Motivated by the recent decision of Argentina’s government to ask for an stand-by loan to the I.M.F., after a run on the peso, the last The Economist’s Bello section gives an account of the history of the relationship between them and makes a remark about the Argentine currency board experience between 1991-2002 that today is almost common wisdom: “Since convertibility meant forgoing exchange-rate flexibility and an independent monetary policy, fiscal discipline was all-important for its success.”
But by the time the I.M.F. was being created, that was not an unanimous opinion. We have the example of George N. Halm who, in his book Economics of Money and Banking, stated that every Currency Board must implement a countercyclical policy on reserve requirements to be held by the commercial banks. Thus, the Currency Board could neutralize or mitigate an expansion or contraction of the base money by alternatively increasing or lowering the reserve requirements of the banks. For George Halm, a Currency Board could be almost in full command of monetary policy -and even more with respect to any other system, since it retains its political independence.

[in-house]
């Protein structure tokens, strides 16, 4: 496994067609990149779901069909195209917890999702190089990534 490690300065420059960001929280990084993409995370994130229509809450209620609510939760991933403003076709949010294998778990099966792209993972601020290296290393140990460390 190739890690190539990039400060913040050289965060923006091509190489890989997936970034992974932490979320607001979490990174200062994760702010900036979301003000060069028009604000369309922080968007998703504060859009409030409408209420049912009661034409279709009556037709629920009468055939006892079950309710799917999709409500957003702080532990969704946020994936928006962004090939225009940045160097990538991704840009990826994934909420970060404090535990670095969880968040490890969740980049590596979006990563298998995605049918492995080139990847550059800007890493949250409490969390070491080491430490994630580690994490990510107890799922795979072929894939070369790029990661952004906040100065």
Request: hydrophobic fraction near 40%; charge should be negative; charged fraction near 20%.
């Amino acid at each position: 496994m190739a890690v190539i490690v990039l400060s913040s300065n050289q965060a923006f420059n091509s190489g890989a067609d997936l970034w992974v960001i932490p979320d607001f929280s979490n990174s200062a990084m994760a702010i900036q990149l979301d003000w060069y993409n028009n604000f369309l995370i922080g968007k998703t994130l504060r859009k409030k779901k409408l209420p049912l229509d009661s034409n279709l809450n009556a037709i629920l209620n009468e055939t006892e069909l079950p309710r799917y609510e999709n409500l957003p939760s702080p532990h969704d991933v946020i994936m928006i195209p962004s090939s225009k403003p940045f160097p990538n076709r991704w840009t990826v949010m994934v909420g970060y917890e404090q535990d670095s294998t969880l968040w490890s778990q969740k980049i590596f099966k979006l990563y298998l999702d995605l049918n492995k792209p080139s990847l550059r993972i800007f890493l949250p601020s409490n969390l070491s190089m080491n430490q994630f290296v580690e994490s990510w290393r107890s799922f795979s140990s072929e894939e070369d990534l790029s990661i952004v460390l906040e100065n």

It is hard to imagine a Halm’s Currency Board that promotes a rapid economic growth which, in turn, could bring any popularity to its implementation. But it is as hard to imagine as the probability that a monetary system as such could end up in a bank run.